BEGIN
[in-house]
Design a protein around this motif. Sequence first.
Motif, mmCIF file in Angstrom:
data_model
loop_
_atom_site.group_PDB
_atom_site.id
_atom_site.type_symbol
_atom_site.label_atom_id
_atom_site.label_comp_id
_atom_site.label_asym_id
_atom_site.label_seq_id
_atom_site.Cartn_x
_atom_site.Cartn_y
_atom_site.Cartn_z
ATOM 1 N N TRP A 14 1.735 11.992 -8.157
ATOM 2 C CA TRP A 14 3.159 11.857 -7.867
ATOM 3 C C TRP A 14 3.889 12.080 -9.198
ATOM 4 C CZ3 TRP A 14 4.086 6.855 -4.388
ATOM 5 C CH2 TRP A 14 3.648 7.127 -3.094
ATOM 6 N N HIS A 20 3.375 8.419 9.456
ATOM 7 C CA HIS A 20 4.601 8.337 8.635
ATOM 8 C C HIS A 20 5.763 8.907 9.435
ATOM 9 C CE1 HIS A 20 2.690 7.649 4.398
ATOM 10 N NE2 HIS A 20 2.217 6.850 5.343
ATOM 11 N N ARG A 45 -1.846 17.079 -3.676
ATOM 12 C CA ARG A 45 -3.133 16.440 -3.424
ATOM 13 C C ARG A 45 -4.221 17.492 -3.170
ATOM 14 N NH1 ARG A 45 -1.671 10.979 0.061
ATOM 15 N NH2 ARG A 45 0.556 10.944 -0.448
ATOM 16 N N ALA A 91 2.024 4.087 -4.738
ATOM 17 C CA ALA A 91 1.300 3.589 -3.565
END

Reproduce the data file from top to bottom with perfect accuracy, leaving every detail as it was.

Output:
[in-house]
Design a protein around this motif. Sequence first.
Motif, mmCIF file in Angstrom:
data_model
loop_
_atom_site.group_PDB
_atom_site.id
_atom_site.type_symbol
_atom_site.label_atom_id
_atom_site.label_comp_id
_atom_site.label_asym_id
_atom_site.label_seq_id
_atom_site.Cartn_x
_atom_site.Cartn_y
_atom_site.Cartn_z
ATOM 1 N N TRP A 14 1.735 11.992 -8.157
ATOM 2 C CA TRP A 14 3.159 11.857 -7.867
ATOM 3 C C TRP A 14 3.889 12.080 -9.198
ATOM 4 C CZ3 TRP A 14 4.086 6.855 -4.388
ATOM 5 C CH2 TRP A 14 3.648 7.127 -3.094
ATOM 6 N N HIS A 20 3.375 8.419 9.456
ATOM 7 C CA HIS A 20 4.601 8.337 8.635
ATOM 8 C C HIS A 20 5.763 8.907 9.435
ATOM 9 C CE1 HIS A 20 2.690 7.649 4.398
ATOM 10 N NE2 HIS A 20 2.217 6.850 5.343
ATOM 11 N N ARG A 45 -1.846 17.079 -3.676
ATOM 12 C CA ARG A 45 -3.133 16.440 -3.424
ATOM 13 C C ARG A 45 -4.221 17.492 -3.170
ATOM 14 N NH1 ARG A 45 -1.671 10.979 0.061
ATOM 15 N NH2 ARG A 45 0.556 10.944 -0.448
ATOM 16 N N ALA A 91 2.024 4.087 -4.738
ATOM 17 C CA ALA A 91 1.300 3.589 -3.565